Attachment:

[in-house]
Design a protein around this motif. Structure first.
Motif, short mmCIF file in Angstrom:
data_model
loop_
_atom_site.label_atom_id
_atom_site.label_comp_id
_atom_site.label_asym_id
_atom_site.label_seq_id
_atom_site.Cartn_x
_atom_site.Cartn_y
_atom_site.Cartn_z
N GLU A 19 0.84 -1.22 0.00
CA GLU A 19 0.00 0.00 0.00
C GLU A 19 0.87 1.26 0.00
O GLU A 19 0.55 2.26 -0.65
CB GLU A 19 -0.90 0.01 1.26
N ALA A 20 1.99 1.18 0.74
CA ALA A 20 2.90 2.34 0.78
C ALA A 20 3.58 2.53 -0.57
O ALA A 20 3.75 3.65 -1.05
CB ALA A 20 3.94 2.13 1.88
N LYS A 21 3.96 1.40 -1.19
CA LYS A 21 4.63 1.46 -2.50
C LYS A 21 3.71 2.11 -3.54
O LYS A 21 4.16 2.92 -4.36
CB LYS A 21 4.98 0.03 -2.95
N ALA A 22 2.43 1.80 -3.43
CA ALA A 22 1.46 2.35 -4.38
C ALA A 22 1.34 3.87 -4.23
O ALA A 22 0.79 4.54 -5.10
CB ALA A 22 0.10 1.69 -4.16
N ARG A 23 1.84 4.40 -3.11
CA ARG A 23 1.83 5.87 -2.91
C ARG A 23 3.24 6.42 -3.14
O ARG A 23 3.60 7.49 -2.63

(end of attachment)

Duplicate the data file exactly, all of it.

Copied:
[in-house]
Design a protein around this motif. Structure first.
Motif, short mmCIF file in Angstrom:
data_model
loop_
_atom_site.label_atom_id
_atom_site.label_comp_id
_atom_site.label_asym_id
_atom_site.label_seq_id
_atom_site.Cartn_x
_atom_site.Cartn_y
_atom_site.Cartn_z
N GLU A 19 0.84 -1.22 0.00
CA GLU A 19 0.00 0.00 0.00
C GLU A 19 0.87 1.26 0.00
O GLU A 19 0.55 2.26 -0.65
CB GLU A 19 -0.90 0.01 1.26
N ALA A 20 1.99 1.18 0.74
CA ALA A 20 2.90 2.34 0.78
C ALA A 20 3.58 2.53 -0.57
O ALA A 20 3.75 3.65 -1.05
CB ALA A 20 3.94 2.13 1.88
N LYS A 21 3.96 1.40 -1.19
CA LYS A 21 4.63 1.46 -2.50
C LYS A 21 3.71 2.11 -3.54
O LYS A 21 4.16 2.92 -4.36
CB LYS A 21 4.98 0.03 -2.95
N ALA A 22 2.43 1.80 -3.43
CA ALA A 22 1.46 2.35 -4.38
C ALA A 22 1.34 3.87 -4.23
O ALA A 22 0.79 4.54 -5.10
CB ALA A 22 0.10 1.69 -4.16
N ARG A 23 1.84 4.40 -3.11
CA ARG A 23 1.83 5.87 -2.91
C ARG A 23 3.24 6.42 -3.14
O ARG A 23 3.60 7.49 -2.63